I loved working on a joint endeavour with more experienced people and having the freedom to organise my own time. I found the work intellectually stimulating and would happily do it all again.

 

 

 

 

 

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Posted in early career researchers, research fellow, researcher, Sharon McCulloch, Uncategorized | Tagged , , | 2 Comments

Cultivating individuality as a post-doc research assistant

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This is the second post on researching on other people’s projects. Emily St.Denny is a research assistant at the Public Policy Institute for Wales, based at Cardiff University, where she studies the powers and policy levers Welsh Ministers can use to make and deliver their policy goals. She recently completed a PhD in French and Public Policy at Nottingham Trent University. Her thesis looked at how and why prostitution policy in France has changed the way it has since 1946.

There are as many versions of life after the PhD as there are newly-minted doctors. For some, like those who leave academia to pursue opportunities in other fields, work and research may be very different from what they experienced while writing their thesis. For others who seek to build a career in research and higher education, the contrast will likely be more nuanced.

In many cases, a post-doc’s first job will be as a research assistant. On the one hand, this means employing and honing many of the same skills developed throughout the PhD. On the other, it also often means putting these skills to the service of a project you have not been involved in planning or shaping, and which may not be directly related to your thesis topic.

One of the challenges this throws up therefore concerns how post-doc RAs, who have just spent years crafting their own research ‘voice’ and carving out a space for themselves in an often-crowded field, can continue to grow as individual researchers while working to support somebody else’s research agenda.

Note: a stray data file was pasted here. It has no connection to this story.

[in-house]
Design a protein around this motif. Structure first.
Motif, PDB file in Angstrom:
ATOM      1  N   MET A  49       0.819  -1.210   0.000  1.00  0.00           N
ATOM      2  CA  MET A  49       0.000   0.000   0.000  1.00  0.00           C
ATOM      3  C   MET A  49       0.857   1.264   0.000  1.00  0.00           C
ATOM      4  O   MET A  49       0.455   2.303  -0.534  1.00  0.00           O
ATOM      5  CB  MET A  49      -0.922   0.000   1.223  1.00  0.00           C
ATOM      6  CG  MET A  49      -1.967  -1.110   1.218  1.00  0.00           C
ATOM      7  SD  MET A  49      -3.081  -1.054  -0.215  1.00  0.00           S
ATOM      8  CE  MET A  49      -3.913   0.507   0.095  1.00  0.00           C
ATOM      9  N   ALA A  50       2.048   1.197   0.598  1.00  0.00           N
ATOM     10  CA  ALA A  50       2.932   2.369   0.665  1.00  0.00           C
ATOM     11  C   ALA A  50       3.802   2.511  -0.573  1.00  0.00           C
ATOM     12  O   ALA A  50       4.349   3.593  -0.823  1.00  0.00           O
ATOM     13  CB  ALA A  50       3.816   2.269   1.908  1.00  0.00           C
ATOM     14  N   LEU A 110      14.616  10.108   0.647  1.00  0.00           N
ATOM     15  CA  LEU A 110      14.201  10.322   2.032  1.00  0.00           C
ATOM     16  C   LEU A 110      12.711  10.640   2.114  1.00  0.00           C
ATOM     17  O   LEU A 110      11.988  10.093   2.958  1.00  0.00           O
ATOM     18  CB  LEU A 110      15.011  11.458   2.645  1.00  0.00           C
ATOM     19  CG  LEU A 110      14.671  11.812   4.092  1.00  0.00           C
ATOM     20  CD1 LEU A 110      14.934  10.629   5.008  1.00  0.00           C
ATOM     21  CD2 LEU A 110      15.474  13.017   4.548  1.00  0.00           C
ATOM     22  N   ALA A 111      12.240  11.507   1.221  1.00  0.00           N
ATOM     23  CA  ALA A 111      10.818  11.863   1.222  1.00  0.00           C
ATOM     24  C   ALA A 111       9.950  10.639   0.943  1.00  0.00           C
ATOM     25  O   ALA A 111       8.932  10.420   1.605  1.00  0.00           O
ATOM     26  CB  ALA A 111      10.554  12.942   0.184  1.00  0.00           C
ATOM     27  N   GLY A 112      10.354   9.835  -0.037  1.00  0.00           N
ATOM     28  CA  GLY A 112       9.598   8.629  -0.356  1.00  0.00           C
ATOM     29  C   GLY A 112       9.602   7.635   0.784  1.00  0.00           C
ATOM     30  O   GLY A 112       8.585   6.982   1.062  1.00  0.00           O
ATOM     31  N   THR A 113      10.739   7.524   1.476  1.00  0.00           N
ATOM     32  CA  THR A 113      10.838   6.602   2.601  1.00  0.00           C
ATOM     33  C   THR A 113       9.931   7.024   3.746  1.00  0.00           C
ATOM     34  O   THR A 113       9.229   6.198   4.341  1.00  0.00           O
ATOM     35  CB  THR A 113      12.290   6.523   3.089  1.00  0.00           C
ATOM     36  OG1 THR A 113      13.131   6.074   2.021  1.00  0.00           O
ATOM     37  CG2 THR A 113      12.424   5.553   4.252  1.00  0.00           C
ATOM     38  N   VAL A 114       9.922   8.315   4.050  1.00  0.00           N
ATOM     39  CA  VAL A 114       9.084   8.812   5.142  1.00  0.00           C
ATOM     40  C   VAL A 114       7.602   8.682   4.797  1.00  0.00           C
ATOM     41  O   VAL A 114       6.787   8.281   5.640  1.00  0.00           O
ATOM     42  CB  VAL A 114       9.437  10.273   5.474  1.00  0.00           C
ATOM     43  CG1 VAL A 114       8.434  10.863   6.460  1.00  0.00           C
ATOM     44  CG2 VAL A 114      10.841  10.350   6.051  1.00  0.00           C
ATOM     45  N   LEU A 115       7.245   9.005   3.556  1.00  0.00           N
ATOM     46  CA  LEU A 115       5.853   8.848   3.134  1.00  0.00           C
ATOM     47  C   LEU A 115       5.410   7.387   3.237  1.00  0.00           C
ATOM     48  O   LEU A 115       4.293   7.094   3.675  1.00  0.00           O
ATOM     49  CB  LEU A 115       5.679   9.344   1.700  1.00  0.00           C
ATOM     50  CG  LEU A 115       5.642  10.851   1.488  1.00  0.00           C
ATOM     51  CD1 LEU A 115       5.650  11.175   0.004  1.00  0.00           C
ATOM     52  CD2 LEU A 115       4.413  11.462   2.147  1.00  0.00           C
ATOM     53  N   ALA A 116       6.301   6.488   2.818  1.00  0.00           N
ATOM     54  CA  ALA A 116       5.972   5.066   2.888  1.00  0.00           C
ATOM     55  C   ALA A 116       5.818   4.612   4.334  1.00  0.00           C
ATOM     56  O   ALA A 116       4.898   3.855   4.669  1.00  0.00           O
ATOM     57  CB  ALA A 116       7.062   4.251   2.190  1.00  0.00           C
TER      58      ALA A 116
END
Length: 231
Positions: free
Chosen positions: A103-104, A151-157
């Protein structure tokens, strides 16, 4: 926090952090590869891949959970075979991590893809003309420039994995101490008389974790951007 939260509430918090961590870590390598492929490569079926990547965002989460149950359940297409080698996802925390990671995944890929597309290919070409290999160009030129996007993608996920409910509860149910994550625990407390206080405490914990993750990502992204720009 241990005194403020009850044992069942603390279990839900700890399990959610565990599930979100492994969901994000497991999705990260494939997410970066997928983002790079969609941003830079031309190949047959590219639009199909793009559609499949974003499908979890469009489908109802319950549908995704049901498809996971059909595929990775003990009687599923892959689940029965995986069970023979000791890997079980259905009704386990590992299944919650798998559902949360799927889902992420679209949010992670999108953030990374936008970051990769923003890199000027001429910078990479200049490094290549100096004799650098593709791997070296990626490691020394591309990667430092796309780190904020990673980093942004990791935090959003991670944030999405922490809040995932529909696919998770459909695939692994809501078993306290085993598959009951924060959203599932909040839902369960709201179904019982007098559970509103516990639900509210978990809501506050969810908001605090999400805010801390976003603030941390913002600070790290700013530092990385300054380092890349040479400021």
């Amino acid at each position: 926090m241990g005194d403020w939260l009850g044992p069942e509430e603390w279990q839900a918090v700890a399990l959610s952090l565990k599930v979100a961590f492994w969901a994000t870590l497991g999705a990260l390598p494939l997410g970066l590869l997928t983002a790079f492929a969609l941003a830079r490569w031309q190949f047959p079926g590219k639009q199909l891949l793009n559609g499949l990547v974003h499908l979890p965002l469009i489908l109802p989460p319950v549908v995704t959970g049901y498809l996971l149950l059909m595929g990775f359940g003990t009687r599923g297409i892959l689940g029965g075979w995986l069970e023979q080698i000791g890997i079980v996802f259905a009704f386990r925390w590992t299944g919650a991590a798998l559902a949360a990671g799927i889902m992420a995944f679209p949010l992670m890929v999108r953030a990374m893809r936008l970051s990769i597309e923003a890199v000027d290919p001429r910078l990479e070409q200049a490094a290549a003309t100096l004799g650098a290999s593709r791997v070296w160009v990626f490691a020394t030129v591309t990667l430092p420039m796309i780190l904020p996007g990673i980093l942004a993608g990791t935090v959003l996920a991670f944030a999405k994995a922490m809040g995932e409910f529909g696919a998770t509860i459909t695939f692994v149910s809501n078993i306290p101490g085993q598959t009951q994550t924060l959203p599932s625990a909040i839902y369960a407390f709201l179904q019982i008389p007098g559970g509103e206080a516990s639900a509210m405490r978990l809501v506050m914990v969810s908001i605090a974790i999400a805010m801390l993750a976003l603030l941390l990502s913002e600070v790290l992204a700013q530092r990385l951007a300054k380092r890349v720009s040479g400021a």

Having worked as an RA for four years, both during and after my PhD, I’ve been working (struggling?) to retain and craft my ‘voice’ as an early career researcher throughout the whole process.

My PhD was in French and public policy, it explored the evolution of contemporary prostitution/sex work policies in France from 1946 onwards. At the same time as writing my thesis, I also worked as a research assistant on medium to large research projects, studying policy-making and the policy process in the devolved UK. I now look at minimum unit pricing of alcohol policy in Wales.

I have enjoyed working on all these projects, and continue to do so. They’ve allowed me to continue improving my understanding and manipulation of public policy theory – which is where my heart lies. Gone, however, is the focus on gender and the study of French politics, both of which still greatly interest me.

The way I see it, with my disparate interests and expertise, there are three broad options available to me at this point in my career. Option one: I take a bow and draw the curtains on my plans to be a scholar of French gender politics, and focus exclusively on studying and commenting on public policy in the UK for the foreseeable future. Option two: I slowly try to redirect my career towards studying policymaking in France exclusively. Or, option three: I decide to have my cake and eat it too and, at the risk of finding it too rich to stomach, I try to carve out a space for myself in both areas.

Call me a dreamer, but I’m currently pursuing option three. I love studying public policy, gender, France, Scotland, Wales, and devolution, and I’ll be damned if I give any of them up without a fight. So, how am I going to do it? Why, with the help of my ‘3 T’ strategy (patent not pending):

1. Transferability: If there is one thing that PhD students are near-universally equipped to do, it’s finding ways to make the most out of limited resources (ramen for breakfast anyone?). We are excellent at using our skills and knowledge in a range of different ways. Heck, that’s often one of the primary reasons we get hired as RAs. So, while I might be working on a project that’s very different from my thesis, I know that there are plenty of opportunities for transferring what I’m learning. No matter what I’m working on, it’s crucial I keep improving my capacity to engage with scholarship, employ different data collection methods, analyse and report information in different ways, and engage with stakeholders about why this research matters.

2. Time: Jane Austen once said that “It is a truth universally acknowledged that an early career research in possession of an RA position must be in want of four extra hours in the day, if not an extra day in the week”. Well, she didn’t exactly say that, but the point still holds. There will be times when maintaining my relevance across multiple areas of interest, in addition to those associated with your post-doc, require extra efforts. Most of what I do at work is relevant to my professional development as a research, but it is still up to me to cultivate my position as an authority on French prostitution policy while working on alcohol policy-making in Wales. I’ve therefore always found it worth discussing and negotiating opportunities to help me develop my own research (eg. time to write your book proposal, attend conferences, or blog) very early on in a hiring process or post.